The war between law enforcement and the Anonymous hacking collective continued this weekend, as hackers dumped a 10 gigabyte database that included private emails and information sent by confidential informants. Hackers say they stole information during an attack on more than 70 small town US law enforcement agencies.
The hackers, an Anonymous-affiliated group known as AntiSec, say that they hope to "embarrass, discredit and incriminate police officers across the US," in retaliation for ongoing arrests of Anonymous members.
AntiSec said that it had compromised servers at Brooks-Jeffrey, a company that runs a computer store and online marketing firm. Brooks-Jeffrey Marketing builds websites for sheriff's agencies throughout the southern United States.
"It took less than 24 hours to root BJM's server and copy all their data to our private servers," a statement purporting to be from AntiSec read. Brooks-Jeffrey could not immediately be reached for comment.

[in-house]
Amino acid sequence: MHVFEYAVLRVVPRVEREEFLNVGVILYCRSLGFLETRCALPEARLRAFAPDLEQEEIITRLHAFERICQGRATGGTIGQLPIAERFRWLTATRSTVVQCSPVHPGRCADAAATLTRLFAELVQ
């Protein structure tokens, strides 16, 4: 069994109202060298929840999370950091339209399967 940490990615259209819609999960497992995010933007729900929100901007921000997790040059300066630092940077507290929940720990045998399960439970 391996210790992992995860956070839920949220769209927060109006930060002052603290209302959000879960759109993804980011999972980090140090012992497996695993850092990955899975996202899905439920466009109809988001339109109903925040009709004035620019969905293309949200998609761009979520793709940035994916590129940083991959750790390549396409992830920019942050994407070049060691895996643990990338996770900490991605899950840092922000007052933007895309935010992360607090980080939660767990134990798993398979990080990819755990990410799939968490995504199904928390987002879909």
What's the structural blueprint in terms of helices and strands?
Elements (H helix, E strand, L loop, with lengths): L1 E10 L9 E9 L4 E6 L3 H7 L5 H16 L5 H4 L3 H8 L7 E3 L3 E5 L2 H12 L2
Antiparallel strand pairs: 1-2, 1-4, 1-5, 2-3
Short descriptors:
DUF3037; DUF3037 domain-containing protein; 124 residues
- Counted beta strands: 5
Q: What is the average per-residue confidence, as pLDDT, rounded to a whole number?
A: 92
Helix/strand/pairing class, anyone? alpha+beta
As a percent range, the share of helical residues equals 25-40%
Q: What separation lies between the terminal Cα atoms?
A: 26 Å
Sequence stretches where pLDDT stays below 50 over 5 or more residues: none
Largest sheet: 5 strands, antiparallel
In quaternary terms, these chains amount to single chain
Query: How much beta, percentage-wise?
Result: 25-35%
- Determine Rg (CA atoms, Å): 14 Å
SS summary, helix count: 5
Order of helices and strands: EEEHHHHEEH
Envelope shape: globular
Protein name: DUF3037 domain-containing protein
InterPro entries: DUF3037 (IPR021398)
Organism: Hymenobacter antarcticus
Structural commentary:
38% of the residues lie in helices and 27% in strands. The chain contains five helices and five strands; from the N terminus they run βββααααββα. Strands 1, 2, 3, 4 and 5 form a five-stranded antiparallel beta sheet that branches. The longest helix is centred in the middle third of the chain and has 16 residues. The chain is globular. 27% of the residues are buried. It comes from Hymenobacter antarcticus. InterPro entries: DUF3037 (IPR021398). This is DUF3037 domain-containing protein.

The hackers had already knocked many of the sheriffs' websites offline last week, but AntiSec later showed that it had gone beyond mere web defacement, by posting email messages, passwords, social security numbers, credit card numbers as well as messages from confidential informants.
In the US, the criminal investigation of Anonymous is being led by the national police bureau, the FBI. The sheriffs' sites appear to hit simply because they are part of the law enforcement community, and because a security flaw at Brooks-Jeffrey made them an easy target for the hackers.
Hackers will often hit third party service providers as a stepping stone toward more sensitive targets. Earlier this year, online marketer Epsilon Data Management was compromised, forcing dozens of companies to warn millions of customers that their email addresses had been stolen.
Many of the defaced sheriffs' websites had been restored by Sunday morning. The victims include sheriffs in Arkansas, Mississippi, and Missouri.
The hackers claim to have obtained passwords, contact information and social security numbers from the Missouri Sheriffs' Association's website, which remained offline Sunday.